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Grocery Shopping Rant

Now that I have been On My Own for well nigh a year, I wish to discourse at some length on a topic of some annoyance to me: to whit, the difficulty of shopping for groceries for one person. Even shopping for two is bad enough, but for one is terrible. Those of you lucky enough to reside in the UK, with access to lovely Waitroses and M&Ss and Tescos, with their gorgeous array of small tempting portions of all variety of foodstuffs for every budget may smugly avert your eyes, or read on, in sympathy for those of us in North America.

I get so tired of being unable to get single portions of things. It's fortunate that I have several four-legged friends who can share a can of tuna or sardines, but what about soup? And it seems the smaller your budget, the larger the sizes. The supermarket near me with the lowest prices is also the one where I am unable to buy less than 1 litre of milk (which I can't finish before its sell-buy date) or an unbelievable 2 litres of soy-milk!

And the absolute worst is vegetables. Forget salad. You have two options there: you can buy the loose organic mix where you can get a very small amount but it goes bad after about two days, or you can get the stuff in the plastic clamshell. The consensus from friends of mine in the same boat is that the clam shell stuff is fresher and lasts longer and you can see the sell-buy date, but still I've never yet finished a whole package before it went off. Why the HELL can't they make small clamshells? They do, in fact, because they use them to sell pre-fab caesar salad for one at exorbitant prices. But why can't they do a nice fresh baby greens mix in a half shell? Notice I'm not even talking about whole lettuces or anything like that because they're just too big and wasteful. I don't remember the last time I actually finished a cucumber. And don't get me started on bean sprouts or snow peas, which for some reason our local supermarket has stopped selling loose and only sells in packages large enough to serve a Chinese New Year's banquet. Yeah, I know, you should buy local, fresh produce. But not all of us are lucky enough to live near a produce market or have a car to get to one, or the time to shop more than once or twice a week.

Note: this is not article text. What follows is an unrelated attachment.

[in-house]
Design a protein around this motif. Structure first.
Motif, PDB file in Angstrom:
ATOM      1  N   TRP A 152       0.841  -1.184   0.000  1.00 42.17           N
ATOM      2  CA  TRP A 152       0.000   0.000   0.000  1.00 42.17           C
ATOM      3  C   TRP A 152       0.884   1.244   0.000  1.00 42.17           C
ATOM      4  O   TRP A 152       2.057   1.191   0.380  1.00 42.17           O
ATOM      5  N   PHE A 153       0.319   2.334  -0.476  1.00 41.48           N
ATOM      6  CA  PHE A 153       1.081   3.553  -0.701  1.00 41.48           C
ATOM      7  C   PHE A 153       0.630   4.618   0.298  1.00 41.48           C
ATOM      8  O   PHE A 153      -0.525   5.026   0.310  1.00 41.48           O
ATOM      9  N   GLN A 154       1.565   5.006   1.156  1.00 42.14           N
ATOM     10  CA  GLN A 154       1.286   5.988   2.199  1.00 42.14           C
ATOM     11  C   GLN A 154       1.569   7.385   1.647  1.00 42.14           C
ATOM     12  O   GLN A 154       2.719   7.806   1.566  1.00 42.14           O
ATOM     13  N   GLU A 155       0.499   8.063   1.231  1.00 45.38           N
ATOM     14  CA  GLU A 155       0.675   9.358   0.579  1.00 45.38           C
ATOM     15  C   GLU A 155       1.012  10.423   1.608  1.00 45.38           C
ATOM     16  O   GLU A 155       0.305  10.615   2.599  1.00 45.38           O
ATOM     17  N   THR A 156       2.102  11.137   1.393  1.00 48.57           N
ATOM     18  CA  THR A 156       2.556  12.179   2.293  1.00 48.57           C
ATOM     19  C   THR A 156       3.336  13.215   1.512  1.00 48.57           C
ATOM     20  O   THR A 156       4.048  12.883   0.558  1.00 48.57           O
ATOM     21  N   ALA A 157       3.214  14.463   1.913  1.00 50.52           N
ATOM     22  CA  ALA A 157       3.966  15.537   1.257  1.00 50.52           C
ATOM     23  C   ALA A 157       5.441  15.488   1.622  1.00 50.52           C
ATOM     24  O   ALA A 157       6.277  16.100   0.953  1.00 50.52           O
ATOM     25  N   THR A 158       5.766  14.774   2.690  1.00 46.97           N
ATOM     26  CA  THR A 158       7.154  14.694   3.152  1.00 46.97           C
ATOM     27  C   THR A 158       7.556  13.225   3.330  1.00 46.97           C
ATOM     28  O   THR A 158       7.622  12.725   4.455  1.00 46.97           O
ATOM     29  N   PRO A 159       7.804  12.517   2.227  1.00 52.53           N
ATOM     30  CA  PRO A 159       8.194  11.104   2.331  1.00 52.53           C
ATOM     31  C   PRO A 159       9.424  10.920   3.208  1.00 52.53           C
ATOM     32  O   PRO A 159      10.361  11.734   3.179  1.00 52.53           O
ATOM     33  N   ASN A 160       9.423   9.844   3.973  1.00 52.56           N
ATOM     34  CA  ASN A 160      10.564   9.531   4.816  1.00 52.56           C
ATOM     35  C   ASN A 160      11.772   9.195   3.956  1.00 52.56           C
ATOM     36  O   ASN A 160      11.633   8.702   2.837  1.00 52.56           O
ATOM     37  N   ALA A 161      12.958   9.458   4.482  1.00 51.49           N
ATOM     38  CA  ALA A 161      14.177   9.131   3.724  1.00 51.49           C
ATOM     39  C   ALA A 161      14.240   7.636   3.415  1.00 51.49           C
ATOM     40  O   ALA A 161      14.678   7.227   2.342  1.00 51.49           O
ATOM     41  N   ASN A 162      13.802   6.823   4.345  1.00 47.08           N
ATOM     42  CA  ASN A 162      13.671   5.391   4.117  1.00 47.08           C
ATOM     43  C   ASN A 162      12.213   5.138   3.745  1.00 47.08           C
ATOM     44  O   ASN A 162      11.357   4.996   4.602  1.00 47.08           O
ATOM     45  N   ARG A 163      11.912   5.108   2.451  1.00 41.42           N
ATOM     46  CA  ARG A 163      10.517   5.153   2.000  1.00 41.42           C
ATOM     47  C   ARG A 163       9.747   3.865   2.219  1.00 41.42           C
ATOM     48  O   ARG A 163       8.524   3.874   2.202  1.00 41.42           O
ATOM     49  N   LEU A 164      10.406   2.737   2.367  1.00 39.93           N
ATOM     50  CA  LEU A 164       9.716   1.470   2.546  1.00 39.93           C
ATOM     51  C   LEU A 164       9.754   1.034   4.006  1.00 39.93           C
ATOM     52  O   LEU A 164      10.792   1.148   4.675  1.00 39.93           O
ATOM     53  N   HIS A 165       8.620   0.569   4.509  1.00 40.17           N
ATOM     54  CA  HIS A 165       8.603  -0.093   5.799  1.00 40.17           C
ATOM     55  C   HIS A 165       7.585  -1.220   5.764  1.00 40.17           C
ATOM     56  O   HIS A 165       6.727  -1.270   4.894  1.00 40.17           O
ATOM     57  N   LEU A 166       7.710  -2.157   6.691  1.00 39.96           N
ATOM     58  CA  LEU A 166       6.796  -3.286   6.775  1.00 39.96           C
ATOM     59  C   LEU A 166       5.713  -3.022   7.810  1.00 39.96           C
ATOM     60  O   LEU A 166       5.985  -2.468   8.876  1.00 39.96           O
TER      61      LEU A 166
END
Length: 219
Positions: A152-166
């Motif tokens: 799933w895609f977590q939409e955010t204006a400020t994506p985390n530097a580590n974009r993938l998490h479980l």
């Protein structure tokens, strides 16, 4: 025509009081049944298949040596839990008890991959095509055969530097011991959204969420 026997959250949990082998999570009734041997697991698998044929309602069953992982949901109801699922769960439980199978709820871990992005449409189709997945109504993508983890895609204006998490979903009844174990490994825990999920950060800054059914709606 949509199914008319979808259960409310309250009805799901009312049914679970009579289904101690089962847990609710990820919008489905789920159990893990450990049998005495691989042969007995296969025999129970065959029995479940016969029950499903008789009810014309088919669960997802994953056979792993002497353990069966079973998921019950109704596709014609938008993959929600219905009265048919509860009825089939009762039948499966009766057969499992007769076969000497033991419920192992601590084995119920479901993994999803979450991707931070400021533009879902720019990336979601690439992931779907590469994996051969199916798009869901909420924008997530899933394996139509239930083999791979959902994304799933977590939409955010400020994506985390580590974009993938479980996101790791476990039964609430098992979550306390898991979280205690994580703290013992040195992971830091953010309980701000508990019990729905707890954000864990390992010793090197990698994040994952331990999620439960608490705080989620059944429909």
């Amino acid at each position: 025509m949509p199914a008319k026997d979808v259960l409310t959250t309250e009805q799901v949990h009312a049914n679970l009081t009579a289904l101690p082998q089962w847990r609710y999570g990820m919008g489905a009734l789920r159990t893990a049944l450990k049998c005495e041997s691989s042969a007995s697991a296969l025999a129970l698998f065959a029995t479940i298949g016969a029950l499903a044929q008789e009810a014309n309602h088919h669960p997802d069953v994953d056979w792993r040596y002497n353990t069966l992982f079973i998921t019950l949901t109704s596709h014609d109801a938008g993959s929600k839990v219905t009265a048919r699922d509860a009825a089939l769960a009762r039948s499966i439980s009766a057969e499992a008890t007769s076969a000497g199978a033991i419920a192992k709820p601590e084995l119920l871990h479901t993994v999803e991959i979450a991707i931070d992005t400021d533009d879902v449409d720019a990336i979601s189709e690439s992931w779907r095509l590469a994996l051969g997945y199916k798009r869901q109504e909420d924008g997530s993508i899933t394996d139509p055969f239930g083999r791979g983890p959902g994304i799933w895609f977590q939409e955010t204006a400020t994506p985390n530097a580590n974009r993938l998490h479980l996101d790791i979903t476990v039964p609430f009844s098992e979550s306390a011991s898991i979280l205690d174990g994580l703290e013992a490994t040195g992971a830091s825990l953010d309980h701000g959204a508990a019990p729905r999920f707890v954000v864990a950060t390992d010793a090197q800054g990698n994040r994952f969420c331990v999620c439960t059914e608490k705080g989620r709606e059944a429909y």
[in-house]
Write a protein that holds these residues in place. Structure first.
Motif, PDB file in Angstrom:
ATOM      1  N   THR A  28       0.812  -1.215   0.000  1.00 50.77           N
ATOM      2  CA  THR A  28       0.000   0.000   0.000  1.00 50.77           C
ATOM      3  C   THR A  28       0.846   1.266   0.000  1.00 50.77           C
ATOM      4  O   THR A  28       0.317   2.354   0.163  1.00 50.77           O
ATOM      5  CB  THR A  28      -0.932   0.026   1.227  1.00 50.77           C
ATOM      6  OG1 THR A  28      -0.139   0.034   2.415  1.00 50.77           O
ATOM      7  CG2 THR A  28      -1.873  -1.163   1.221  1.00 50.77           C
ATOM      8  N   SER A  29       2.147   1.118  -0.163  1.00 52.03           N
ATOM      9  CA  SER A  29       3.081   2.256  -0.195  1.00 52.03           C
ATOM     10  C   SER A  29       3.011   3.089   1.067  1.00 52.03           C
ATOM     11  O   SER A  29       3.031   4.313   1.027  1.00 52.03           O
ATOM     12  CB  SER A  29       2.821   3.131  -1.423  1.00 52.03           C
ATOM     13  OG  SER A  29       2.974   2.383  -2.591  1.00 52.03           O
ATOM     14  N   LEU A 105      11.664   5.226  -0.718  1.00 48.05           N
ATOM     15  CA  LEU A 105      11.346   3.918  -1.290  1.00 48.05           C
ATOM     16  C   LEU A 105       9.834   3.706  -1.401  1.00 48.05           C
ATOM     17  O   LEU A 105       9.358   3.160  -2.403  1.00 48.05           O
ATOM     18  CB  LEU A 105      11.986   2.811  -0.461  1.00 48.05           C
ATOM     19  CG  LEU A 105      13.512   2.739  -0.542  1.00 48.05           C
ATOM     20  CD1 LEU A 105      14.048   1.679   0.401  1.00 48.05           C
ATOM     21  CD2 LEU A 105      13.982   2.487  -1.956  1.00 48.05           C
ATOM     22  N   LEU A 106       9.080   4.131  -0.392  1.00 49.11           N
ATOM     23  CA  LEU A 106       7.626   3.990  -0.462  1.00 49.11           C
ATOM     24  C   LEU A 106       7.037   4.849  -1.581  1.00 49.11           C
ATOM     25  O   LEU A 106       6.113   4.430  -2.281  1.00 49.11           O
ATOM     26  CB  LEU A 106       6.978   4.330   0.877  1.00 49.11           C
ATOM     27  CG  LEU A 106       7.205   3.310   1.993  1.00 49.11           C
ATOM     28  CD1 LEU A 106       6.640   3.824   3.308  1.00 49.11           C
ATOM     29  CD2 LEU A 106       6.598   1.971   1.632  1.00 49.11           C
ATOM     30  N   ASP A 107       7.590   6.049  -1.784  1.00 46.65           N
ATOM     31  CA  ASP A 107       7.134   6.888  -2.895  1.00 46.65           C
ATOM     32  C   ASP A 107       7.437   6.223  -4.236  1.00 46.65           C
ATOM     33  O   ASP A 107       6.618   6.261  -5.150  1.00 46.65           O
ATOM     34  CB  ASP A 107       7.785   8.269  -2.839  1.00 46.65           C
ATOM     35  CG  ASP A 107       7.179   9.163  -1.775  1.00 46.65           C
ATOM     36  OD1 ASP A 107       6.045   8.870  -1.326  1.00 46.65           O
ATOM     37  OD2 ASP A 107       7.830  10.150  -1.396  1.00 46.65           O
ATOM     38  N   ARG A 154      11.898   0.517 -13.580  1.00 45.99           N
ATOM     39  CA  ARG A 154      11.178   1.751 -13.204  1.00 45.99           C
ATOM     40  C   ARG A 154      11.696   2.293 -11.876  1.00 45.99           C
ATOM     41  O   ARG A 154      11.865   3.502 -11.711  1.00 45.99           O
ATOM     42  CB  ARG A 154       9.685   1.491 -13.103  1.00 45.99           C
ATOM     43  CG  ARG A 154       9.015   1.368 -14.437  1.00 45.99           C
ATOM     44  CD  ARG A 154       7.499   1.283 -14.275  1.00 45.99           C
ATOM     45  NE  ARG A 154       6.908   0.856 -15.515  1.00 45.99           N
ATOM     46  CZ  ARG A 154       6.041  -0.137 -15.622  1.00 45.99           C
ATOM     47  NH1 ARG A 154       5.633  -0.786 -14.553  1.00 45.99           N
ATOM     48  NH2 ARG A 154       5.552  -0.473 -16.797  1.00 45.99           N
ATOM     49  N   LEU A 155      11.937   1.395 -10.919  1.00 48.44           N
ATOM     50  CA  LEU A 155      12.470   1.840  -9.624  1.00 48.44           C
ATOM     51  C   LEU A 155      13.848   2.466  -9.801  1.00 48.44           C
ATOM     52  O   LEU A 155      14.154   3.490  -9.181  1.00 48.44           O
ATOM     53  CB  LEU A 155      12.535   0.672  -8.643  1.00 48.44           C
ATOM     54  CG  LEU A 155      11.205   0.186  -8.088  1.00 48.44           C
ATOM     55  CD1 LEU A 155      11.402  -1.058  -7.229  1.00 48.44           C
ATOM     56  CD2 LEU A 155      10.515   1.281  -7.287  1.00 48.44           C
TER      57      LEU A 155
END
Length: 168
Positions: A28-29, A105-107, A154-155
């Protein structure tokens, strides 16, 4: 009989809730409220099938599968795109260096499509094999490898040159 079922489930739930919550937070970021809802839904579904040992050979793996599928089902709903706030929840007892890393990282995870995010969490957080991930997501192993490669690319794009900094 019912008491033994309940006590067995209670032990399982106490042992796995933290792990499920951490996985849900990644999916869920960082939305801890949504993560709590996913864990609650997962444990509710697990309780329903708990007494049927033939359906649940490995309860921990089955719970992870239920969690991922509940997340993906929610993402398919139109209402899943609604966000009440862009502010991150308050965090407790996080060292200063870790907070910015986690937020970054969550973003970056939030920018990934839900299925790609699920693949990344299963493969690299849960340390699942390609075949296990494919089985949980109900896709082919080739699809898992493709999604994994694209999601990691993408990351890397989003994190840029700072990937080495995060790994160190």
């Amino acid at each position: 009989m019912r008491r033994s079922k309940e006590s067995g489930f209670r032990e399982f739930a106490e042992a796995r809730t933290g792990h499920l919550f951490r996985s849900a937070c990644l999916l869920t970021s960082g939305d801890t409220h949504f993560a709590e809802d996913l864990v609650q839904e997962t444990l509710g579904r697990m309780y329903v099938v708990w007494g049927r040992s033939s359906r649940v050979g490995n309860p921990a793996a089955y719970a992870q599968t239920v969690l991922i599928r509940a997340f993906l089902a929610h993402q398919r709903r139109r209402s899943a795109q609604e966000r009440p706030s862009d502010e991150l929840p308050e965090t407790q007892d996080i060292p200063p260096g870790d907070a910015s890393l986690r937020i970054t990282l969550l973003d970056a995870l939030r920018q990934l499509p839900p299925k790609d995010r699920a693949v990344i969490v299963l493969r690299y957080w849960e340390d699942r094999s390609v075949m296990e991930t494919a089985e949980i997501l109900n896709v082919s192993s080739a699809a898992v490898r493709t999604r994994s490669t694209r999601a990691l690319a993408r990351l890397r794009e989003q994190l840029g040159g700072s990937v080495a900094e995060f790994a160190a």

To be honest, things have improved, but when I thought about it I realized that "they" seemed to think that whoever it was who was buying small portions of things was a) relatively well off and b) had fairly sophisticated tastes, that is would prefer something with sun dried tomatoes and avocado oil to Kraft dinner.
Being, in fact, both of the above, I guess I shouldn't complain (except about the vegetables), but what about my student woman or man on a very tight budget, forced to eat monotonous meals for lack of small portions? What about the blue collar man who buys bulk luncheon meat and puts it in the freezer? I still remember my university friend Michael, who bought a case-lot of tuna and ate tuna-fish sandwiches every day for almost a whole term.